The Michigan Daily - Orientation Edition 2003 - 5
'U' Prof's flu vaccine
gains FDA approval
By Ern Saylor
January 06, 2003
A flu vaccine may soon be available to the public in the form of a nasal
spray thanks to the work of University epidemiology Prof. Hunein Maassab.
Reviewed by the U.S. Food and Drug Administration in December, FluMist
was deemed safe and effective for healthy people ages five to 49.
If approved by the FDA when it comes under review again next month,
FluMist could be available to the public in time for the September 2003 flu
season, Rochford said. It would be the first flu vaccine available to the public
in the form of a nasal mist.
"The positive recommendations of the FDA committee reviewing FluMist
are most welcome," Maassab said in a written statement. "I believe that more
people will use the nasal spray vaccine than a vaccine that must be injected.
This should reduce the overall risk of flu."
The FDA's Vaccines and Related Biological Products Advisory Commit-
tee requested more data on the efficiency of FluMist for people 50 to 64
years old. Concerns included possible reactions to other vaccines given to
} children and the risk of FluMist causing pneumonia or asthma.
University assistant epidemiology Prof. Rosemary Rochford said
that the FDA was just exercising caution and added that the recom-
mendation looks good.
While current vaccines use inactive viruses to trigger immunity, FluMist
is made with a weakened but live influenza virus. It adapts the virus to the
cool temperatures of the nasal passages, but not in the warmer temperatures
in the lungs where the disease develops. FluMist is a trivalent vaccine,
designed to fight three strains of influenza.
The vaccine is administered to a patient through a painless spray into each
nostril, twice a year for children and once for adults. According to the U.S.
Centers for Disease Control, about 70 million people currently get the flu
vaccine, yet influenza remains a serious public health issue facing the coun-
try, killing 20,000 Americans each year and hospitalizing 100,000.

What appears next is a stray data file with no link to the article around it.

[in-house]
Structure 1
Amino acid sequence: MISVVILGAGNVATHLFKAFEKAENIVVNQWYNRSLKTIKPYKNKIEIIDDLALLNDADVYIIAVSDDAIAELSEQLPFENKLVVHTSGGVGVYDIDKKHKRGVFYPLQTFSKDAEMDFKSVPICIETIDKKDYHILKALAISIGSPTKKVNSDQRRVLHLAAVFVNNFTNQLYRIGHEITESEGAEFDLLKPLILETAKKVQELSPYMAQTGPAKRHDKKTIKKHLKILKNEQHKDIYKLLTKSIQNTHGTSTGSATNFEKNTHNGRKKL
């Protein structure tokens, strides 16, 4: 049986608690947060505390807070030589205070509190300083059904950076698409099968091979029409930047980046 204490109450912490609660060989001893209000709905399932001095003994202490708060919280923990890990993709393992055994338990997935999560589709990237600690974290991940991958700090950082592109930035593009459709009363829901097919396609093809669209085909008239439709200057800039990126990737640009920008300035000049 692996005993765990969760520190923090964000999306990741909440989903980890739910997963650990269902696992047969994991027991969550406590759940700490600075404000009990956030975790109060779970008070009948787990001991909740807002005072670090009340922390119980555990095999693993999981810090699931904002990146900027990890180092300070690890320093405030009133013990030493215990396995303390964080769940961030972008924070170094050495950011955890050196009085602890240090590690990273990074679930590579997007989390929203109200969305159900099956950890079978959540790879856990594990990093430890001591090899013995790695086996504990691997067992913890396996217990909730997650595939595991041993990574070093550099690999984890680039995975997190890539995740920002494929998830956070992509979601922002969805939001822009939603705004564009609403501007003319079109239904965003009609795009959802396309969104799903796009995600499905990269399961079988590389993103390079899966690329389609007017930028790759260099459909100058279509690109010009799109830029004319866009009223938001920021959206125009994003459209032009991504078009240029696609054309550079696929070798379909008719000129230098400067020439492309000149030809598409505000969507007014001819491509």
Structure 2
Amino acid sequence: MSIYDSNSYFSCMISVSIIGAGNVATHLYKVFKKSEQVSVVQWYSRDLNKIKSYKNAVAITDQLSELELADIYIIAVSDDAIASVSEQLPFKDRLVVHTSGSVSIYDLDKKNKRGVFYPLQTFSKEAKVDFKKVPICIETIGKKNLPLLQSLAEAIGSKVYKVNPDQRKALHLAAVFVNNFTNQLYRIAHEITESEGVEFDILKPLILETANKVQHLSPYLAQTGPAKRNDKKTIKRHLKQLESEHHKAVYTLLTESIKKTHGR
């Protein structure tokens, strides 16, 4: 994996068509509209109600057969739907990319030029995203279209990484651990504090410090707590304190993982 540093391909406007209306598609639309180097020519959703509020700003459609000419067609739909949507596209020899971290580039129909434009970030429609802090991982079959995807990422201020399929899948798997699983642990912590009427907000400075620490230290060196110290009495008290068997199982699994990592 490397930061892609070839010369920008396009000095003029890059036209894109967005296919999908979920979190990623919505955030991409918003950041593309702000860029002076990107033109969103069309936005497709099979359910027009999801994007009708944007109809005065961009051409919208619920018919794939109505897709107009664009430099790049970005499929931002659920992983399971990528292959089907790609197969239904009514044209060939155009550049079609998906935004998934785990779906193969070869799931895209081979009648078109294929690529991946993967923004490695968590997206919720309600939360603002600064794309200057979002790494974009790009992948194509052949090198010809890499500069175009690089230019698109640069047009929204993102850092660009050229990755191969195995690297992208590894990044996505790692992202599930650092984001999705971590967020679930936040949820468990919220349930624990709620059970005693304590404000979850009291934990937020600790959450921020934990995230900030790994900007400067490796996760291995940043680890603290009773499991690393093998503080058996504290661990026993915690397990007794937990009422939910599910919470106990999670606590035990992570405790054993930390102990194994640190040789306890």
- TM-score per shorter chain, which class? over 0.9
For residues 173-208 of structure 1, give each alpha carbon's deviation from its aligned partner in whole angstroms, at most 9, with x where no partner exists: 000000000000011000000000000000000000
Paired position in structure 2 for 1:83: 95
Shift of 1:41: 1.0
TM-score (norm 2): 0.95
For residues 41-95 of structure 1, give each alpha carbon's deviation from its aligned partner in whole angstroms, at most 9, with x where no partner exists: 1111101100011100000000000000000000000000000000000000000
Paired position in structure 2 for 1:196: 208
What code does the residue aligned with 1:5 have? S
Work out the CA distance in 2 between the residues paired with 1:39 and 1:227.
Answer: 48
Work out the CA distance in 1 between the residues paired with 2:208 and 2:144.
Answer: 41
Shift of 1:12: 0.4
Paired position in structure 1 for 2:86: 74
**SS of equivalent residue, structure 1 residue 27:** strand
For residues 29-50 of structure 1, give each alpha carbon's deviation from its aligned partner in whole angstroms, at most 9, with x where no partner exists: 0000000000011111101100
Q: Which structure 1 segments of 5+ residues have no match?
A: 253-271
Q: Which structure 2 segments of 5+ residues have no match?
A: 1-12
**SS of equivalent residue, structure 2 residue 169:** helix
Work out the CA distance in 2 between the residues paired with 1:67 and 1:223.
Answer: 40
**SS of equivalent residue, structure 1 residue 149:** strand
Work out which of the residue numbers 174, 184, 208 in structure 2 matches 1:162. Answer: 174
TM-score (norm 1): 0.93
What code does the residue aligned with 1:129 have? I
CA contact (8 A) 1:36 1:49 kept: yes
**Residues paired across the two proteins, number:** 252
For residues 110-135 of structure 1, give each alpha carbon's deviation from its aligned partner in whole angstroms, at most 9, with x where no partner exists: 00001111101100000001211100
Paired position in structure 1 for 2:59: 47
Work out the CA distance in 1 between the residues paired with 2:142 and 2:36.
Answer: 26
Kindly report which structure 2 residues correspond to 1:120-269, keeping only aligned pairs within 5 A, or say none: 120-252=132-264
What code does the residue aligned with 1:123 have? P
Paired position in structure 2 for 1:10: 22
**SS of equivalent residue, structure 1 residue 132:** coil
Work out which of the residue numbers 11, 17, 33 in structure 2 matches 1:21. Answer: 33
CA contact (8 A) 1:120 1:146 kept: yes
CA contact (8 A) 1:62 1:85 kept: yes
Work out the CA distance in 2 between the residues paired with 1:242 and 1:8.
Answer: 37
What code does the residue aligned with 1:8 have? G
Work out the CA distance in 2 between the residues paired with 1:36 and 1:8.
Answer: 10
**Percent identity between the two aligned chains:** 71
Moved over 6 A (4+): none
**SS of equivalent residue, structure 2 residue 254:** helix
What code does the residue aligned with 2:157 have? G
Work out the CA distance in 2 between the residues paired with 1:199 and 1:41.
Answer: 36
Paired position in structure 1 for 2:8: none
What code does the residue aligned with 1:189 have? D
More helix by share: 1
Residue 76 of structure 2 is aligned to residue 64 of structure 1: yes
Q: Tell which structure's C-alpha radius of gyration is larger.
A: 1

Maassab began his research on influenza at the University in 1956 when
he was an assistant researcher in the department of epidemiology. Inspired
by his mentor Thomas Francis Jr., who had overseen the U.S. Army's flu vac-
cine program during World War II, Maassab spent the next 40 years of his
life developing cold-adapted strains of influenza.
'U' research expenditures rise to $656
million, increase of 10.8 percent
By Kylene Kiang
October 02, 2002
University research expenditures reported for the
2001-2002 fiscal year amassed to nearly $656 million -
approximately 30 percent of the University's $2.13 bil-
lion total budget - affirming the University's standing
as one of the nation's leading research universities.
Expenditures increased by 10.8 percent from the last fiscal
year, marking the largest percent increase in more than 10 years,
according to the report released at the end of September.
Preliminary expenditure figures for schools with the
largest programs for research include the Medical
School with $238 million; Engineering, $129 million;
Institute for Social Research, $84 million; LSA, $54
million; and Public Health, $34 million.
Increased research funding from a number of private
foundations and government organizations were a major
factor in this year's total expenditure increase. Funding
from the U.S. Department of Health and Human Services
and the National Institutes of Health - which contribute
nearly half of the sponsored program funding for
research in the life sciences - increased by 17 percent.
Funding from government organizations rose by 12.4 per-
cent as non-federal contributions rose by 9.2 percent.
"Our outstanding research performance attracts faculty of the
highest quality and provides our students with a rich learning
environment," University President Mary Sue Coleman said in a
written statement. "Our prominence as the nation's leading
research university supports the state's economic infrastructure
and serves as a powerful new magnet to new ventures."
More funding for research not only denotes enhanced
opportunities for faculty, but directly benefits research expe-
riences for graduate and undergraduate students.
LSA senior Kristal Vardaman attributes her interest in
Researchers work in a solid state laboratory in the Electrical
Engineering and Computer Science Building on North Campus.
research to programs like the Undergraduate Research
Opportunity Program, which pairs students with faculty
researchers. Vardaman said her research work with the
Department of Medical Education was a strong influence in
her decision to pursue a career in public health.
"Not very many schools offer undergraduate programs in
research, so it was a great way to get involved in the school
and to get to know a faculty member," Vardaman said.
LSA senior Tiffany Buckley, who has been in the UROP
program for four years, said that although she intends to pur-
sue work in a non-science career field, her study of circadian
rhythms has instilled her with skills that may be applied
inside as well as outside of the laboratory setting.
THE I VERSITY'UNIONS ARTS & PROGRAMS
THE MICHIGAN LEAGUE
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